Kiley Garden formerly known as NCNB Plaza: A Brief History:
Prior to 1988, the North Carolina National Bank selected Tampa’s downtown waterfront edge as home for their corporate headquarters. Located south from the Tampa Museum of Art, NCNB Plaza was designed by award winning architect Harry Wolf and National Medal of Arts recipient Landscape Designer, Dan Kiley. Both designers collaborated and unveiled a total work of design of three parts; Tampa’s only cylindrical tower, two glass cube buildings and a garden all based on the Fibonacci sequence. The Fibonacci sequence is a series of numbers in which each number equals the sum of the two preceding numbers (1,1,2,3,5,8,13,21 or 1+1=2, 2+5= 5, 5+8=13 and so on).
The Fibonacci sequence was used to determine window sizes, arrangements, proportions and patterns on all three parts of the NCNB Plaza. That is why these parts work so coherently as a total design, through orientation and placement.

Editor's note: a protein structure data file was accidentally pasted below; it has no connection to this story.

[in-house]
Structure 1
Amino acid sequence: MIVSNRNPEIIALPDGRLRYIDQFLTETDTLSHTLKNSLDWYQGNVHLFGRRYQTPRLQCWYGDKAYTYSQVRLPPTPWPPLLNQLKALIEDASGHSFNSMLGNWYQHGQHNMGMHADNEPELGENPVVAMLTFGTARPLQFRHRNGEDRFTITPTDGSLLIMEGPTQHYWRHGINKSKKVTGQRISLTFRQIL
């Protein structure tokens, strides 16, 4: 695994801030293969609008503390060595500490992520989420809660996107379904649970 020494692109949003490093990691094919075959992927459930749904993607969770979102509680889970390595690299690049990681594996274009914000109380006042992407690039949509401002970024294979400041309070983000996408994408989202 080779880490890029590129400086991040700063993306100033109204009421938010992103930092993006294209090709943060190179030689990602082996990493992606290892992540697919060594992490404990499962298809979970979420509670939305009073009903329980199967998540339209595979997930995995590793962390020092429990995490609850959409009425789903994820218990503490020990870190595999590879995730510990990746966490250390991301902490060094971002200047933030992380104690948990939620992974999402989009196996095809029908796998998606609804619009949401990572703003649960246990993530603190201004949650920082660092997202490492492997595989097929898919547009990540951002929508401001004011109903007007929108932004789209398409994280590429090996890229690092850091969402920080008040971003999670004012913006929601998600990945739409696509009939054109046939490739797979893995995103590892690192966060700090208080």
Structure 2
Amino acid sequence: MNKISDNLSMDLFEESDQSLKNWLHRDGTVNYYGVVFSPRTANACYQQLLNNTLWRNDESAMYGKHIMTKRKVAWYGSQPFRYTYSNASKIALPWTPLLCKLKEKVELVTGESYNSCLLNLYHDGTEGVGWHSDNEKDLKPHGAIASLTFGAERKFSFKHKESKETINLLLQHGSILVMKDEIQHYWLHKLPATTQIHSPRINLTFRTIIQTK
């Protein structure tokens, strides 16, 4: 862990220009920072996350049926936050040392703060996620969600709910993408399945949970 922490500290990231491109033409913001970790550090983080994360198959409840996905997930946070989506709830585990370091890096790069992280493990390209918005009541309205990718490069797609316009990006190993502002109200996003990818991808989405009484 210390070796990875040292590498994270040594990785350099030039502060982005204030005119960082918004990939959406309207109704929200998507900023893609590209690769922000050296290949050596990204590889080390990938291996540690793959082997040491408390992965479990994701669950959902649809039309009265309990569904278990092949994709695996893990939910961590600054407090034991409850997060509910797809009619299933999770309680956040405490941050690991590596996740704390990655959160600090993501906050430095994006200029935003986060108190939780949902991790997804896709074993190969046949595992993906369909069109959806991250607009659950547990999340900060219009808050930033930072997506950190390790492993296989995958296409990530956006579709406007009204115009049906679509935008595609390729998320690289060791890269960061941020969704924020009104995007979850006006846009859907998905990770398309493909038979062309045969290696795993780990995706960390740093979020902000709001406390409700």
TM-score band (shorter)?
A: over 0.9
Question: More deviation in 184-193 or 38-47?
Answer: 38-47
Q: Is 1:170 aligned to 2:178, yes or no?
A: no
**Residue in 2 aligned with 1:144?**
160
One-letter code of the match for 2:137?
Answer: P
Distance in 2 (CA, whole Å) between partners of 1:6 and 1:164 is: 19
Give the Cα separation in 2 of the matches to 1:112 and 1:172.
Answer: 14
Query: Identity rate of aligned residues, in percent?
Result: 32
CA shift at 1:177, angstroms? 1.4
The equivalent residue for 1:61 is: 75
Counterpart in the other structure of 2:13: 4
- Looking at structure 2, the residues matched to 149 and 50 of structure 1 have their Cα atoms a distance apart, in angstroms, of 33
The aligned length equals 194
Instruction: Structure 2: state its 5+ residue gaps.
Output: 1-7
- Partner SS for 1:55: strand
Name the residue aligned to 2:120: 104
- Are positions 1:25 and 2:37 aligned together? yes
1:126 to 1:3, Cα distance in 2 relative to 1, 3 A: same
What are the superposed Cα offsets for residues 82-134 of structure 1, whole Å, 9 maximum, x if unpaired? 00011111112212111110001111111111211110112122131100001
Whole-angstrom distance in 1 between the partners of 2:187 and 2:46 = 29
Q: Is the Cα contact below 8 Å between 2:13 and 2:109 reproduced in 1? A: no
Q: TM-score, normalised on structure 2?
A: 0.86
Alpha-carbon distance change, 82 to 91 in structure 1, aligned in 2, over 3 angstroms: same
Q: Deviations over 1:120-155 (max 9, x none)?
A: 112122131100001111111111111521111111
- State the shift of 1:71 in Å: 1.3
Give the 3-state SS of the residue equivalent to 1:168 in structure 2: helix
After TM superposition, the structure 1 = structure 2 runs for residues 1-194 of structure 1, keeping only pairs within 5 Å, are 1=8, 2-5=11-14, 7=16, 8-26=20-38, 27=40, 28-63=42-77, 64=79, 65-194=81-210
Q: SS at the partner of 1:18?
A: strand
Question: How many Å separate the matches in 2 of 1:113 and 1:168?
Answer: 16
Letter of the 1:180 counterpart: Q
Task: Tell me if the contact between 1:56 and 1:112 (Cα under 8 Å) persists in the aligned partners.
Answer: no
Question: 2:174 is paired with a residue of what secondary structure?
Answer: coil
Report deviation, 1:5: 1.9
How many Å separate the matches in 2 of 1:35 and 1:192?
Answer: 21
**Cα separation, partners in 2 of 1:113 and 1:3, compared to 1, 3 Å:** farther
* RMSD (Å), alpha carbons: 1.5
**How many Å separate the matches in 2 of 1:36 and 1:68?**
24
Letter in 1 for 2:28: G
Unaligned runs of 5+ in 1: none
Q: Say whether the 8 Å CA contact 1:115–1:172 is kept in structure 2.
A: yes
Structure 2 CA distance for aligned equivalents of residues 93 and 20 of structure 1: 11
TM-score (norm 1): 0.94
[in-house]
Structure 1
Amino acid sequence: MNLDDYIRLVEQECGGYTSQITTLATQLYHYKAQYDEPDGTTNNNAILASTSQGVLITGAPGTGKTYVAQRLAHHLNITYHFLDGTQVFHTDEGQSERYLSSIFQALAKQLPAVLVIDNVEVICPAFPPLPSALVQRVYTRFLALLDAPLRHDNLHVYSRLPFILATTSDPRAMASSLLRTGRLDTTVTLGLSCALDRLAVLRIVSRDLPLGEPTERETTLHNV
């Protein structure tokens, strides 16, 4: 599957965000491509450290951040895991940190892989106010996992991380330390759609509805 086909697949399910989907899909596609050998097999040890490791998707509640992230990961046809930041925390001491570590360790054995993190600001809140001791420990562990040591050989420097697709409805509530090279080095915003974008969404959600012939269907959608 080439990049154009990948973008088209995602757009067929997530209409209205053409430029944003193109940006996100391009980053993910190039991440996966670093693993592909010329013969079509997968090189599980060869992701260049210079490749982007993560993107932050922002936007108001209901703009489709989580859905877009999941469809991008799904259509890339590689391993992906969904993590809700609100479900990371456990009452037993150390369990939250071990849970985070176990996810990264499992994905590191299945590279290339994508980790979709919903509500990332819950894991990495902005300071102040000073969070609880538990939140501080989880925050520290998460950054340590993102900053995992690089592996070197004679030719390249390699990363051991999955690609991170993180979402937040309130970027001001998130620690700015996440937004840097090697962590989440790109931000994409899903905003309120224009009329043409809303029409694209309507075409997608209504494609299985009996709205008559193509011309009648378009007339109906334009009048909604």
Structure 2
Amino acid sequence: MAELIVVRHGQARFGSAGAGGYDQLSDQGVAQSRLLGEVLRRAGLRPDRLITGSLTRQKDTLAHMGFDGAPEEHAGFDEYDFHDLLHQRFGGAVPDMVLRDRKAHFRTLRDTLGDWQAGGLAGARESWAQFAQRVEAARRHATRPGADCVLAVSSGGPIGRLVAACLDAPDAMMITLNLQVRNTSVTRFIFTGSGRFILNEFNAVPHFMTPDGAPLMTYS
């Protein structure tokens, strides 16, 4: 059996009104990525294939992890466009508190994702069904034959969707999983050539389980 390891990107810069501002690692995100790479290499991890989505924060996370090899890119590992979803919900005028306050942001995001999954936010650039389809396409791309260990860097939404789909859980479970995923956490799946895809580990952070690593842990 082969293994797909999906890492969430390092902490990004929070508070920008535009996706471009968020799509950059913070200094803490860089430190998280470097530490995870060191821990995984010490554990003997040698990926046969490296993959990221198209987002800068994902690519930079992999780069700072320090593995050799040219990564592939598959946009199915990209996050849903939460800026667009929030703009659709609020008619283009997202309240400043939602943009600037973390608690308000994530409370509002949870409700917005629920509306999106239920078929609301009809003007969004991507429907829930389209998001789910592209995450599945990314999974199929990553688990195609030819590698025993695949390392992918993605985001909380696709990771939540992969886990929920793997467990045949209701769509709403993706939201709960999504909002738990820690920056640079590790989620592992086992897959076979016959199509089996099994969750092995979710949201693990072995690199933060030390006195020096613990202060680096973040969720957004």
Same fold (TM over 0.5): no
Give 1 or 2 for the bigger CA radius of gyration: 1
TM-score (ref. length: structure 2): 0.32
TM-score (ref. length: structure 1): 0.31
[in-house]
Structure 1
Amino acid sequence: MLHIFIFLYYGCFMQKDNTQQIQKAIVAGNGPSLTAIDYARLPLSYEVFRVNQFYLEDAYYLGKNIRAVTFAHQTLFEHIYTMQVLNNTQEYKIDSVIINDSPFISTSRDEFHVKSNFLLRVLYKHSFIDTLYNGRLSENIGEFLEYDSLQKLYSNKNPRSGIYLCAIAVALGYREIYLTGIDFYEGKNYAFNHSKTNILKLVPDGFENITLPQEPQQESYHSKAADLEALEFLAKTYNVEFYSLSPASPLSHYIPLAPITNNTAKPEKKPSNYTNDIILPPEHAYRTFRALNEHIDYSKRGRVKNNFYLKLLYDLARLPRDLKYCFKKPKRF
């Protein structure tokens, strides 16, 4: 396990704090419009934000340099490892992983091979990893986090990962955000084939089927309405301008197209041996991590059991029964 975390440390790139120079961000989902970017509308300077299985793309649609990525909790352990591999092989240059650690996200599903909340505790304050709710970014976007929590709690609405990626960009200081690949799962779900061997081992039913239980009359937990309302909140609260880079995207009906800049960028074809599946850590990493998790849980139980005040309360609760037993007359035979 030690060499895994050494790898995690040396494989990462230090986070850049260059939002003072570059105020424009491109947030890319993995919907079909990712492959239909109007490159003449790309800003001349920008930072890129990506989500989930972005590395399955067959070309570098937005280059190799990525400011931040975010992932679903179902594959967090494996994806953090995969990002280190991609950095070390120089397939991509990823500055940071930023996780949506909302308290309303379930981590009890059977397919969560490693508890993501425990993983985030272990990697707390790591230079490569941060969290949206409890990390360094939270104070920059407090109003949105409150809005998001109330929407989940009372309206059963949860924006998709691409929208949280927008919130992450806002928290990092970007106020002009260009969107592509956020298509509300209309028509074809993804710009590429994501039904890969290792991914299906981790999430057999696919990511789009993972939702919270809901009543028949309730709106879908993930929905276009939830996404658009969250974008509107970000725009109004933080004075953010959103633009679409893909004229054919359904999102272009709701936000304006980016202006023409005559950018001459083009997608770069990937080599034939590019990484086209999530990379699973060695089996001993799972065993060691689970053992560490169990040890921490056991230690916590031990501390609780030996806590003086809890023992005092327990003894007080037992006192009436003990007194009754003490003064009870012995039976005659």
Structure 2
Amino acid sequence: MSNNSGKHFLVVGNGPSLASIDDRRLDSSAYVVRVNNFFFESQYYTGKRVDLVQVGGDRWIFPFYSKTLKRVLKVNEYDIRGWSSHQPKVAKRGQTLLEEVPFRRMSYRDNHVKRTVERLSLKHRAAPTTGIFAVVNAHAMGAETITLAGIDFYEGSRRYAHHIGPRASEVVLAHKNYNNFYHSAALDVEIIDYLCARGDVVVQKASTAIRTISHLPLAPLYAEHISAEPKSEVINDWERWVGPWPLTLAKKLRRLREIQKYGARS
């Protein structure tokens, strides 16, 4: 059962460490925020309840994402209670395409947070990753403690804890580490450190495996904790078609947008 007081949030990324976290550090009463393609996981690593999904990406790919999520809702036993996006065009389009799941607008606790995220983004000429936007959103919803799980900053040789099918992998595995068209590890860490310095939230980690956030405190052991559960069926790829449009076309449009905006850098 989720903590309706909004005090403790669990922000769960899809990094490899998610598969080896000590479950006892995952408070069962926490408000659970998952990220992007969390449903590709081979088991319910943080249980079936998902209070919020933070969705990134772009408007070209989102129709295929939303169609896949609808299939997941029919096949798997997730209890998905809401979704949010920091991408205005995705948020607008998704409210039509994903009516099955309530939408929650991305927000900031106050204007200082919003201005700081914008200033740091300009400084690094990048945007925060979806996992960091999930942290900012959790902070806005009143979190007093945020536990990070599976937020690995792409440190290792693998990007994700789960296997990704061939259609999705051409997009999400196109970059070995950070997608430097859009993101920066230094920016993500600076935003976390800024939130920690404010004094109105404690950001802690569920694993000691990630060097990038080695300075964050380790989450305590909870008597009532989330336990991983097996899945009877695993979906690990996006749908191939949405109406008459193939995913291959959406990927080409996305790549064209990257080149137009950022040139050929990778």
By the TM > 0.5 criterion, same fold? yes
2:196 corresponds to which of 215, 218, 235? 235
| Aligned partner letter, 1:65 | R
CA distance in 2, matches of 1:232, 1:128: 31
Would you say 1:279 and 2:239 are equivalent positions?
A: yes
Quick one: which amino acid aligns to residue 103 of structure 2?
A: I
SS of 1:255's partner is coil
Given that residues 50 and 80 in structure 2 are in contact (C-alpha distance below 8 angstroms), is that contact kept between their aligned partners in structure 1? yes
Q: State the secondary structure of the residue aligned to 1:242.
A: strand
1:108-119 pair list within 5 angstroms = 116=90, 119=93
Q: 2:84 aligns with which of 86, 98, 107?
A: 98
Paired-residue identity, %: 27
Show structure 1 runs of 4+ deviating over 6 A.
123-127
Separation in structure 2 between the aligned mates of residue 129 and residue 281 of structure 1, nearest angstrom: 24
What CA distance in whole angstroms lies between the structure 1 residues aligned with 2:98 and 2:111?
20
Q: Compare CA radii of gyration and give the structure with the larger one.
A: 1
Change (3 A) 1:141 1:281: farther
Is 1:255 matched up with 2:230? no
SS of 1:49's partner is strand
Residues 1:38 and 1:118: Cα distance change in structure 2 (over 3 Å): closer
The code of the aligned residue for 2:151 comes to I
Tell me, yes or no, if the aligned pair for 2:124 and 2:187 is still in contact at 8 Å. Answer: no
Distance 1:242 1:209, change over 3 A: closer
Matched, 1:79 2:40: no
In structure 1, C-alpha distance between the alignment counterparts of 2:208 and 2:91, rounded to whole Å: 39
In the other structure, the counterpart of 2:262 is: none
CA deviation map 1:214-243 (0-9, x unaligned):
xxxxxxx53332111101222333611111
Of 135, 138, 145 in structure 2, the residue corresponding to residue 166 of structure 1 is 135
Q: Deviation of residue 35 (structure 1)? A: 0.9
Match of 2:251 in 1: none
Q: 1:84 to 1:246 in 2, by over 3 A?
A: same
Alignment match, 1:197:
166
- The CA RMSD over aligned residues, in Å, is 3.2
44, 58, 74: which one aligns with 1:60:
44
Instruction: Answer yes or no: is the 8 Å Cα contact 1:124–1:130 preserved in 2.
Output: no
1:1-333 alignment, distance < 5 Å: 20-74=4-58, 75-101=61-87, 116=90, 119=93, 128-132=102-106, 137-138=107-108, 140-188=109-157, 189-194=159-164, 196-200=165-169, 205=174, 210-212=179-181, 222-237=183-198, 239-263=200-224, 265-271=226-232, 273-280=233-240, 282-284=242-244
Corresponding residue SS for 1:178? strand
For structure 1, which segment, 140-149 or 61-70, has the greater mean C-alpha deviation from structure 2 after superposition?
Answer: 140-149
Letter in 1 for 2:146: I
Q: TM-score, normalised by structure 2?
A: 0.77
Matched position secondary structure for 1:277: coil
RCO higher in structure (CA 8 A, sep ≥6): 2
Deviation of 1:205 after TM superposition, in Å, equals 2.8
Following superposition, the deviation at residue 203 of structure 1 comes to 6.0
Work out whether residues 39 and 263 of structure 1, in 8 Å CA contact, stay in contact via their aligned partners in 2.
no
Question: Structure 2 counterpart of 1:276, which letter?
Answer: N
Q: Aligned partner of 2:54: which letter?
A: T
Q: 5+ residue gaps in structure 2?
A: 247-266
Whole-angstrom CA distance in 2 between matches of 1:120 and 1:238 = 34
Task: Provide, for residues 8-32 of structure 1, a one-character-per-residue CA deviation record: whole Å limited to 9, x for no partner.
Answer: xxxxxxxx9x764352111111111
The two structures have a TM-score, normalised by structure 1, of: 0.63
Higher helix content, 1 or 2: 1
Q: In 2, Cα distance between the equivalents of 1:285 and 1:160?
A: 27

In 1988, NCNB Plaza, now referred as Kiley Gardens, looked very different than today. At the entrance of the park, an exposed north and south running translucent floating canal once carried water overhead. This canal showered visitors below with shimmering sunlight. The water also flowed along limestone runnels to a series of reflecting pools throughout Kiley Gardens. Part of the translucent canal still exists between the cube buildings and cylindrical building.
During operation, Kiley Garden served as a host for weddings, festiva
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